John Kasich Opposes D.C. Statehood Because, Ew, There Are Democrats There

For a country that was partly founded on the idea of opposing "taxation without representation," it's always been a tad odd that those who live in our very capital, the District of Columbia, pay taxes while being denied representation. Especially when you consider that there are more people living in D.C. than in either Vermont or Wyoming. On the bright side, they do get to have the snarkiest license plates in the nation:

Given that the vast majority of DC residents would like to pursue statehood, that it seems pretty unlikely that most people who are not fanatically opposed to a flag redesign would really care either way, it seems a bit weird for anyone to not want them to be a state. This is America! We are supposed to want all the people to vote, right? Like, that's the whole thing about a democracy!

Unless you're John Kasich. In an interview with the Washington Post, Kasich basically came right out and said that he opposed the idea of D.C. statehood specifically because there are too many Democrats in the District.

ARMARO: You voted against statehood for D.C. when you were in Congress.


ARMAO: Is that still your position, and do you have–

KASICH: Yes, I would it say probably is.

ARMAO: What about voting rights in Congress, voting representatives?

KASICH: Probably not. I don’t know. I’d have to, I mean, to me, that’s just, I just don’t see that we really need that, okay? I don’t know. I don’t think so.

ARMAO: But you realize though that people in D.C. pay taxes, go to war and they have no vote in Congress.


ARMAO: How is that–

KASICH: Well look, I am not – I don’t – I am not, because you know what, what it really gets down to if you want to be honest is because they know that’s just more votes in the Democratic Party. That’s what–

ARMAO:  So if there were Republicans in the District, you would have a different position?

KASICH:  Yeah, okay, well look, they send me a bill, I’m president of the United States, I’ll read your editorials.

It's not "just more votes in the Democratic Party," John Kasich. It's more votes, period. Votes that should count regardless of who they are for! And though this may come as a surprise to you and your friends in the GOP, it's actually not super cool to disenfranchise people specifically because they're not going to vote for your party.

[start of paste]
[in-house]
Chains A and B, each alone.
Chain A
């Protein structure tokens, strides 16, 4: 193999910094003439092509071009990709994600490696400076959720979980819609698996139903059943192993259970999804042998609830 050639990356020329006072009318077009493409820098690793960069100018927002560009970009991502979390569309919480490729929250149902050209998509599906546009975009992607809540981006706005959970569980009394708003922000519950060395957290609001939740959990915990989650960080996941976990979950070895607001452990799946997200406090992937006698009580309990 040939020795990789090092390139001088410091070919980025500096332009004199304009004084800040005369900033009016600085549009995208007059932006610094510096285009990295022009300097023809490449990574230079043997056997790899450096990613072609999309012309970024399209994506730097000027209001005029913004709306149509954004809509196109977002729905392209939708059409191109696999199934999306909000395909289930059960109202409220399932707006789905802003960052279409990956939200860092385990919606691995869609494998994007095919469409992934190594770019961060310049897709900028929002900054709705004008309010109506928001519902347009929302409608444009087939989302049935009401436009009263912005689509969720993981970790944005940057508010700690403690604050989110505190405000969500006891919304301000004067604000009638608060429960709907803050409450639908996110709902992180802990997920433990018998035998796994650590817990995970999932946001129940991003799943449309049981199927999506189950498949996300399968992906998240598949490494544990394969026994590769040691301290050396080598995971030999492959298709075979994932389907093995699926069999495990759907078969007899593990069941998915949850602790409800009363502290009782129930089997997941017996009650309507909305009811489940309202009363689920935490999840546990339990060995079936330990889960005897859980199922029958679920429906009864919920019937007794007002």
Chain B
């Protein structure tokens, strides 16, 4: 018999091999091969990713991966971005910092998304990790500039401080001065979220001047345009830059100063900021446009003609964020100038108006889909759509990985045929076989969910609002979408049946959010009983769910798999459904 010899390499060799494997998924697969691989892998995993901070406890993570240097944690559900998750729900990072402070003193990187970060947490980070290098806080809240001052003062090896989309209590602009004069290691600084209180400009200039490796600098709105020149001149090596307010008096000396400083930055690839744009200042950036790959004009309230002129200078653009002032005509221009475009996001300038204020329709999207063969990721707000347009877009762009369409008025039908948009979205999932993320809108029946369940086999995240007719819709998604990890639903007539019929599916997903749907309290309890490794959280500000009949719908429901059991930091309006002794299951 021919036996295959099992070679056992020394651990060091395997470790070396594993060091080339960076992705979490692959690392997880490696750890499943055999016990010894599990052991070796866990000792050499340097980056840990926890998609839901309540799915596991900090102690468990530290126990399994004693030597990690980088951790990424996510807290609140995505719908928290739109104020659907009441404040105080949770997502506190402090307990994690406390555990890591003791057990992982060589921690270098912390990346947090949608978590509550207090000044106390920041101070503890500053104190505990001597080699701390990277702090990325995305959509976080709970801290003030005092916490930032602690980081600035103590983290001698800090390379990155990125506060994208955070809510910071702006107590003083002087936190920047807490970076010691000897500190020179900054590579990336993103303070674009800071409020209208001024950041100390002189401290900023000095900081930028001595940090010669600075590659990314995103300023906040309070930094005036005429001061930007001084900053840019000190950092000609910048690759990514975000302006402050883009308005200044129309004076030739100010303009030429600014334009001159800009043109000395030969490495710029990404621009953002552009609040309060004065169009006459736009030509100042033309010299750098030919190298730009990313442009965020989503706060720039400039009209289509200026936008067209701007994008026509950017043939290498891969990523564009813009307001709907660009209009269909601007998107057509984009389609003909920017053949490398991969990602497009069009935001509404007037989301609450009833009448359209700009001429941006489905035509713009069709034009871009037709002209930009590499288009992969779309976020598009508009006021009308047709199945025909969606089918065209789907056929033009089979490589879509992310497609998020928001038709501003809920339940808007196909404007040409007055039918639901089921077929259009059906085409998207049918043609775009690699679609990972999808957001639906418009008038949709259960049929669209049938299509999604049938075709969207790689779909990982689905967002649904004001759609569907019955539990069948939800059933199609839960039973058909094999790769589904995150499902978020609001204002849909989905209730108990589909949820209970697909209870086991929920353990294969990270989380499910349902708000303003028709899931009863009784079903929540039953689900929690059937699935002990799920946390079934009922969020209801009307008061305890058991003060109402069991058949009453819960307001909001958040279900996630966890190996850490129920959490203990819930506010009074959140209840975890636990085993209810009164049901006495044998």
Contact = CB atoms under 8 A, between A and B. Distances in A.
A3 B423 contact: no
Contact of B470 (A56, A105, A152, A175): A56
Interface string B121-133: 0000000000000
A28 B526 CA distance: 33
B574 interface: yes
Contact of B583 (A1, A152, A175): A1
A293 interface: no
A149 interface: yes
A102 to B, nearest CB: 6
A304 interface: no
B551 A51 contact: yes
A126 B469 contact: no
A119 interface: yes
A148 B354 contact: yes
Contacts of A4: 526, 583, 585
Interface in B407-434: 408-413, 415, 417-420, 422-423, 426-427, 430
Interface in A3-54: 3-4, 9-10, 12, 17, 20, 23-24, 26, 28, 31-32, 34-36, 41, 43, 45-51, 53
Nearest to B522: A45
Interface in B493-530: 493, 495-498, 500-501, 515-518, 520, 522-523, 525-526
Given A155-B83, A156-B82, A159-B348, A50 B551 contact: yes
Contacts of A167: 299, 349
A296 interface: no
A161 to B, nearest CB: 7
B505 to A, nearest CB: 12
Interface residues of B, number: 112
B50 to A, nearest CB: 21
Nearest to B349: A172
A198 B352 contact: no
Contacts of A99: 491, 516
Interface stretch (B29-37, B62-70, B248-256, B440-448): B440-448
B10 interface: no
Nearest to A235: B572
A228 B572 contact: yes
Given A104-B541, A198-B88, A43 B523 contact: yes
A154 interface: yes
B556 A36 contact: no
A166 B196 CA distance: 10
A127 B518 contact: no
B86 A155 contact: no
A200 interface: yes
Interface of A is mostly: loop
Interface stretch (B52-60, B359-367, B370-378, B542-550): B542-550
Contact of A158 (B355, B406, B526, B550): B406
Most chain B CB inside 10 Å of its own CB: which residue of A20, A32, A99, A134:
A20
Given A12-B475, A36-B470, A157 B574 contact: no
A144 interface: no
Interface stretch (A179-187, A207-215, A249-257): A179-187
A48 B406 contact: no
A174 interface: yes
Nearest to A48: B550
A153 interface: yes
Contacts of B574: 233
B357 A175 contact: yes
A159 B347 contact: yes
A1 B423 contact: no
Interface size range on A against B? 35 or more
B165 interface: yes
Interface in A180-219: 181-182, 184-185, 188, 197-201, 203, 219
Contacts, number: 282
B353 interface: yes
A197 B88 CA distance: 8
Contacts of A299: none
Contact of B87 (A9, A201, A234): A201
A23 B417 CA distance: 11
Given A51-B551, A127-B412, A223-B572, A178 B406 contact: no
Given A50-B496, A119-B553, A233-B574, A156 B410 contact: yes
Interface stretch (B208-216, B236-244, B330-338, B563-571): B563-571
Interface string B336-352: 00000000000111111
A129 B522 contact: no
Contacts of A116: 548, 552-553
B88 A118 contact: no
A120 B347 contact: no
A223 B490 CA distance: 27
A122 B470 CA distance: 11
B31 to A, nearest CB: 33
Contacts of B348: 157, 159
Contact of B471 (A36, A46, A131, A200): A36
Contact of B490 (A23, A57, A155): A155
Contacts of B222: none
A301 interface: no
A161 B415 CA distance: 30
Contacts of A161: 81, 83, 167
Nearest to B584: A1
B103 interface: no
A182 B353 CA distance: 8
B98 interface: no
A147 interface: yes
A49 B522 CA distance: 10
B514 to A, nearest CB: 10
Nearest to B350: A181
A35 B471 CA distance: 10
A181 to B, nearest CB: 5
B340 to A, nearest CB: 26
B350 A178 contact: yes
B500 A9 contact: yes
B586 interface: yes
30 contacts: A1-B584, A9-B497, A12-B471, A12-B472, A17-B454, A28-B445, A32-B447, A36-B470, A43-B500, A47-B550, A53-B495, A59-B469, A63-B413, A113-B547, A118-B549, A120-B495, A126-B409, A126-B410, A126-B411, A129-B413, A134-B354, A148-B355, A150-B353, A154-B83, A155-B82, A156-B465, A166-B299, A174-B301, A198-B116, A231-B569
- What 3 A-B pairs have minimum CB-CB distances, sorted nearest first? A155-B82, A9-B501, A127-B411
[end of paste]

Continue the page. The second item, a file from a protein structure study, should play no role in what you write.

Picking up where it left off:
It is, however, lovely of him to say that he would consider looking at a bill to make D.C. a state if he becomes President of These United States, which is definitely a thing that has a chance of happening.

While it may seem odd that this would be something a person running for office would actually admit to, out loud, in an interview in a widely read newspaper, when discussing things like early voting and voter ID laws, it is not entirely unusual for them to admit they are opposed to making it easier for poor people and people of color to vote because "those people" are unlikely to vote Republican. They often say something about "those people" (they mean black people) being in thrall to the Democratic "plantation." (That would be the "plantation" that moved from forcing slaves to build the White House to putting a black guy in it, over Republicans' unending but super not racist objections.)

Anyway, John Kasich's not racist; he just prefers having two senators for Dick Cheney's half-million best friends in Wyoming and none for the 700 thousand people in DC, half of whom only happen to be black.

Oh, right, he probably is racist after all.

[Washington Post]

Robyn Pennacchia

Robyn Pennacchia is a brilliant, fabulously talented and visually stunning angel of a human being, who shrugged off what she is pretty sure would have been a Tony Award-winning career in musical theater in order to write about stuff on the internet. Follow her on Twitter at @RobynElyse


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